Sonoma County bars, indoor dining and museums ordered to close Monday
State public health officials on Sunday ordered Sonoma County bars without food service to close and put a halt to indoor dining service as well as visits to museums and entertainment centers, marking the latest and most significant regression for the county into pandemic prohibitions with the coronavirus resurgent in the community and deepening its toll on livelihoods.
The highly anticipated health order from the state Department of Public Health goes into effect at 12:01 a.m. Monday and adds Sonoma County to a list of at least 29 other California counties facing reinstated restrictions driven by a wave of summertime coronavirus infections and hospitalizations.
The county reported 116 new COVID-19 cases late Sunday night, marking the single largest increase in a 24-hour period so far, reaching a total of 1,819. The tally has increased sharply since Memorial Day and contributed to the state’s decision to add Sonoma County to the growing list of counties being ordered to dial back indoor business activity.
“The current data reflect that community spread of infection is of increasing concern across the state,” California Public Health Officer Sonia Angell stated in the order signed order dated Sunday.
The latest closures will remain in effect through at least Aug. 2.
Patio dining service, outdoor wine tasting and other open air commercial activities are still allowed. Bars that don’t serve food must close all operations, indoors and outdoors.
The rate of infections in Sonoma County has increased sixfold since early June from 20 cases per 100,000 residents to more than 120 cases per 100,000 as of July 12, Health Officer Dr. Sundari Mase said in a county news release.
Two additional county residents died from COVID-19, the local health department reported late Saturday, bringing total known death toll to 16.
More than half of those people have died in the past two weeks.
Both of the residents had been living at skilled nursing facilities prior to their deaths, according to health department spokesman Rohish Lal. A woman died at a unnamed residential facility and a man was transferred to a hospital where he died, according to Lal. Both were over 65 years old.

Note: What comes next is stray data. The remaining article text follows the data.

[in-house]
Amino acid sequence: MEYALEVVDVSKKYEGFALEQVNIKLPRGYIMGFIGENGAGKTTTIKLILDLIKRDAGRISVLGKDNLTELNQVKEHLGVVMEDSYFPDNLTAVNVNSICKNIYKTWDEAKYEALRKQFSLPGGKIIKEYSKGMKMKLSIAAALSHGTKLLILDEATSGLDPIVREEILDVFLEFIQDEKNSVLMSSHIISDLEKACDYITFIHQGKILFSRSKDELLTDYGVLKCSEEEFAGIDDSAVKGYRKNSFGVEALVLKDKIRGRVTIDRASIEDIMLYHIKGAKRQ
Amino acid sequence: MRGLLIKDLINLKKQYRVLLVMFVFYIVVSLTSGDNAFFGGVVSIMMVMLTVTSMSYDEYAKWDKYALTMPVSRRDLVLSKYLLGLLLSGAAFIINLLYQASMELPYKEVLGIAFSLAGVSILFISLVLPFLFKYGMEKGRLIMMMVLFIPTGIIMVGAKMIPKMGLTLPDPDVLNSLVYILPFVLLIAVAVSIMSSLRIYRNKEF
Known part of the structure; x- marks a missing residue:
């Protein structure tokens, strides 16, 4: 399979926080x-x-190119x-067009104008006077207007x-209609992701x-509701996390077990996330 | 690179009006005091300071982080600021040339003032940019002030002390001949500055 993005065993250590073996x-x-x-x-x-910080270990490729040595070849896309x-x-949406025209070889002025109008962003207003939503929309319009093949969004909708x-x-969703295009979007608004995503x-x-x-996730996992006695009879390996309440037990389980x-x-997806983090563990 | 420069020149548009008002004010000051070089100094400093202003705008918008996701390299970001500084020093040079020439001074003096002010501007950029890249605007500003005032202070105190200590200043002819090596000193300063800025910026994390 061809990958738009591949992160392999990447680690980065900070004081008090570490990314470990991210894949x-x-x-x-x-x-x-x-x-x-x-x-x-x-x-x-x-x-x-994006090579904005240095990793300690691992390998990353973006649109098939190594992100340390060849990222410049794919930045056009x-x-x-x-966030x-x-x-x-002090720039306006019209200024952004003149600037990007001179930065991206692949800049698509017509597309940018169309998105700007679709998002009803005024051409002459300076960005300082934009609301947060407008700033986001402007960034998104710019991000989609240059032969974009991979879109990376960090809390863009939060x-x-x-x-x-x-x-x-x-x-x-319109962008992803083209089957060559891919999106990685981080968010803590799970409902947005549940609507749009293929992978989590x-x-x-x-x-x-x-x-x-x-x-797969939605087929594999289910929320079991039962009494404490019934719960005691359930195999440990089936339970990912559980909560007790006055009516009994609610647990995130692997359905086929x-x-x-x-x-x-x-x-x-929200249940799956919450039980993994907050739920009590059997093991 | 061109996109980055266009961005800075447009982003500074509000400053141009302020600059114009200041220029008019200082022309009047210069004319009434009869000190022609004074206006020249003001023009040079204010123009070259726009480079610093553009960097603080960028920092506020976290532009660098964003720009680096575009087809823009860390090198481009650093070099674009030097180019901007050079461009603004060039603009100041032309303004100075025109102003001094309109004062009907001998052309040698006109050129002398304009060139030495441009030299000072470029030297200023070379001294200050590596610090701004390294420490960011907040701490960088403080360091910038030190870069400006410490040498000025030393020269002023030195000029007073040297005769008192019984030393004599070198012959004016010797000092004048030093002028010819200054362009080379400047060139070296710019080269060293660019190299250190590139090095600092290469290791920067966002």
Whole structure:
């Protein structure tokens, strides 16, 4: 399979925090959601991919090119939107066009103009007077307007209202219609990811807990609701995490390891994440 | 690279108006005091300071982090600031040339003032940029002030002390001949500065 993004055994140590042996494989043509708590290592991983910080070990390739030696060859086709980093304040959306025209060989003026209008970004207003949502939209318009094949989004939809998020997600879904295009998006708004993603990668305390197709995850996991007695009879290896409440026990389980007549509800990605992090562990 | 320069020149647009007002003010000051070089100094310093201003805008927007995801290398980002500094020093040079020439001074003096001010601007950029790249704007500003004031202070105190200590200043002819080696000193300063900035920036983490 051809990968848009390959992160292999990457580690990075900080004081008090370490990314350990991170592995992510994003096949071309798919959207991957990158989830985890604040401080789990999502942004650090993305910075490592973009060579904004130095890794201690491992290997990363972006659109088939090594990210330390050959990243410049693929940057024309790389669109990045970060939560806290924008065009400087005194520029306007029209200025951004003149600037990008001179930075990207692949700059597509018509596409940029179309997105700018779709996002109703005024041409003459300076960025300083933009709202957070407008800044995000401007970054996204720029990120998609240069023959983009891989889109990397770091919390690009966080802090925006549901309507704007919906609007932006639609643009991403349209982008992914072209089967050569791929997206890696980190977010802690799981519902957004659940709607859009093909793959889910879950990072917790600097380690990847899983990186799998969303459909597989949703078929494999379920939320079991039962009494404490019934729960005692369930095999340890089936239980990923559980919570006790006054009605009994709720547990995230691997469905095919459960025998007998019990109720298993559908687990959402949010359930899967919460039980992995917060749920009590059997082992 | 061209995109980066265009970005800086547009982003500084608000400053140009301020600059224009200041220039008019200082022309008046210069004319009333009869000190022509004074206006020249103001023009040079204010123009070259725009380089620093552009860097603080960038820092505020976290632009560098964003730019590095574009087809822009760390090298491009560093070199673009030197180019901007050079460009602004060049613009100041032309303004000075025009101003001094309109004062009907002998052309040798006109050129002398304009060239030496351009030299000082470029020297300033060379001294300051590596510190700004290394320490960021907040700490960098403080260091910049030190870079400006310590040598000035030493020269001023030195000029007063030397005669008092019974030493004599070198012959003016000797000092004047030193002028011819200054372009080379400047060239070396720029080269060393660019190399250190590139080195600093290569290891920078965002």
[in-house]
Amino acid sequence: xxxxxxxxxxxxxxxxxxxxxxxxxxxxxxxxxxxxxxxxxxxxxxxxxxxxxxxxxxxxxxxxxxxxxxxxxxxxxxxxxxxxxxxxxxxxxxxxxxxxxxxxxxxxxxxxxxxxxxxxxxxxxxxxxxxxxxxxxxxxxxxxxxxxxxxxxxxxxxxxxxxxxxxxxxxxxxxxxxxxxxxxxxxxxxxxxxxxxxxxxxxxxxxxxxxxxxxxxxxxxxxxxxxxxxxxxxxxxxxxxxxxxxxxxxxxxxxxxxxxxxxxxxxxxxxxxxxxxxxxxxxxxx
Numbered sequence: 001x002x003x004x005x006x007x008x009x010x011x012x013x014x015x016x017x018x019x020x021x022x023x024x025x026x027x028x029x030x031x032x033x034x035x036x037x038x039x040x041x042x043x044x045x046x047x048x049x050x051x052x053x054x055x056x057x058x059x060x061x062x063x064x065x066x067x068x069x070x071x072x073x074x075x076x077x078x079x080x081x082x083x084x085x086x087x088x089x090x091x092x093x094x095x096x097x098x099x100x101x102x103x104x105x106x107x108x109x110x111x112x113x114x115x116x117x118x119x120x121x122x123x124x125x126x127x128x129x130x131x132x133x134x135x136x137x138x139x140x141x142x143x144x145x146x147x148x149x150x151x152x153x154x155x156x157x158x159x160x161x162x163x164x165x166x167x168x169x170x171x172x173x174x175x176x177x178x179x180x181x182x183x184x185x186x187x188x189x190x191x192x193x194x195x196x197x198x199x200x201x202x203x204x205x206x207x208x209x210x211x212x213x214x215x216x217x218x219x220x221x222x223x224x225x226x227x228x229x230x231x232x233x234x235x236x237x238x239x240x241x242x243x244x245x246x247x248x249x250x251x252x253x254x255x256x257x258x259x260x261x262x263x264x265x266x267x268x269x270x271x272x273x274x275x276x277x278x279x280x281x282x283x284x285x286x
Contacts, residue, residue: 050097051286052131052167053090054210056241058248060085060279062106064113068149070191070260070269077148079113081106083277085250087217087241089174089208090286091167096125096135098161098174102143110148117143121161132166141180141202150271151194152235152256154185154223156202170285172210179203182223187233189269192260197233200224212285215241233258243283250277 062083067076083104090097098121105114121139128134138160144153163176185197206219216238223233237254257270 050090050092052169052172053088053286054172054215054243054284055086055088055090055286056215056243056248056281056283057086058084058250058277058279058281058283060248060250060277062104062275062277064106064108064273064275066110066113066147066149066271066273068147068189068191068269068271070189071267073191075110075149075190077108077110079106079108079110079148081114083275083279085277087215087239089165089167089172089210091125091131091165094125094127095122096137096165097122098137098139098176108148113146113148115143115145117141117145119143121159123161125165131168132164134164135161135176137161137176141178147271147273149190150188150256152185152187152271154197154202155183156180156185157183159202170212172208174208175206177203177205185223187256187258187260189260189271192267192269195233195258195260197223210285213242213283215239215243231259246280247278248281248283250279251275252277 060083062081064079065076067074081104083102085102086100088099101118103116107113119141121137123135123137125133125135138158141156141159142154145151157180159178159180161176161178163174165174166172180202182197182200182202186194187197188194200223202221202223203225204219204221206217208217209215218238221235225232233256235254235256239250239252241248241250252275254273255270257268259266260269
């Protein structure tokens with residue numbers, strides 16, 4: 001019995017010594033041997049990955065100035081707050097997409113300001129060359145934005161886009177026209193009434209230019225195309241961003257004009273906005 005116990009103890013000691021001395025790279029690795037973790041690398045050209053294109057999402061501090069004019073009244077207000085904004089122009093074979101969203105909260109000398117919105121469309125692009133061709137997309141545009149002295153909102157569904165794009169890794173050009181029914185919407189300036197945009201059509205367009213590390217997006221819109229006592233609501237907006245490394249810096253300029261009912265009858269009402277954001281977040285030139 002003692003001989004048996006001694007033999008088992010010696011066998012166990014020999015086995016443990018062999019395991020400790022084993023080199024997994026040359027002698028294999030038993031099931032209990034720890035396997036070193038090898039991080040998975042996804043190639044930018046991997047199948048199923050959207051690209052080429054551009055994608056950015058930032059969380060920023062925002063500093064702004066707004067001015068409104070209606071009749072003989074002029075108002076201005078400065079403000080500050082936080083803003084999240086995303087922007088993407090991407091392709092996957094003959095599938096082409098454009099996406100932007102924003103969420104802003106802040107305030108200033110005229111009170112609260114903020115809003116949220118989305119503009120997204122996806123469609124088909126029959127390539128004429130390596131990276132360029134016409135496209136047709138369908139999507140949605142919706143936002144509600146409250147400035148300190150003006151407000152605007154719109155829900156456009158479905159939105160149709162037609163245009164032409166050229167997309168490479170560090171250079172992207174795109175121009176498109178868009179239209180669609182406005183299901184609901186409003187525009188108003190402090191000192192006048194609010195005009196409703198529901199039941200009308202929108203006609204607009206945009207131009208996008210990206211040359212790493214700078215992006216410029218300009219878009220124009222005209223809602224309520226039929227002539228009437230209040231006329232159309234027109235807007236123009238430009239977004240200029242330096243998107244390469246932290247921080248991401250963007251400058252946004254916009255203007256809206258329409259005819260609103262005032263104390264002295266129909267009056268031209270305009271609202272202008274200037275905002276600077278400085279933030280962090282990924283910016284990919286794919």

Additional details were unavailable Sunday.
Sonoma County Supervisor Lynda Hopkins said she hoped the state’s order will motivate people to do what they can as individuals “to flatten that curve.” She also acknowledged the restrictions, though anticipated, will hurt local businesses.
“It feels like we’re in a grown-up game of red light, green light with very serious consequences both economically and for public health,” Hopkins said.
Bert Rangel, proprietor of River’s End Restaurant and Inn in Jenner, said the closure of businesses along the Russian River like his during the crucial summer season will be devastating.
Rangel questioned how the new restrictions will help Sonoma County specifically since no outbreaks have been publicly linked to the types of establishments being closed.
“How does that relate to Jenner, a town of 90 people where nobody has COVID?” Rangel said, addressing state and county health departments. “What are you doing to attack where COVID exists in communities versus let’s close a restaurant again in the middle of our time to make a living?”
The closures will mean Russian River Brewing Co. must shut down its Windsor pub for all but takeout and the gift store, requiring they furlough a yet-to-be-determined number of staff, president and co-founder Natalie Cilurzo said.
The brewery’s flagship pub in downtown Santa Rosa, which serves food on its patio, will increase its table seating on Fourth Street, which the city closed to traffic so that businesses might increase outdoor dining options. All in all, Cilurzo said they have been preparing for this possibility and the business will survive, but the toll will be much greater on some of their employees.
“That has really been the hardest part for us, our employees are our family,” Cilurzo said. “We care very much about them, their health and wellbeing. They rely on us to make a living.”
The order also applies to hundreds of Sonoma County wineries, allowing only those with outdoor tasting rooms to continue to welcome guests. A representative of Sonoma County Vintners could not be reached Sunday for an assessment of how the new restrictions would impact the industry during high season for summer visitors.
In the state order, Angell, California’s health officer, explained the state’s strategy of limiting community spread in order to protect the people most vulnerable to the virus. She said that they focused on businesses where “groups mix with other groups” and where alcohol is consumed because it “slows brain activity, reduces inhibition, and impairs judgment.”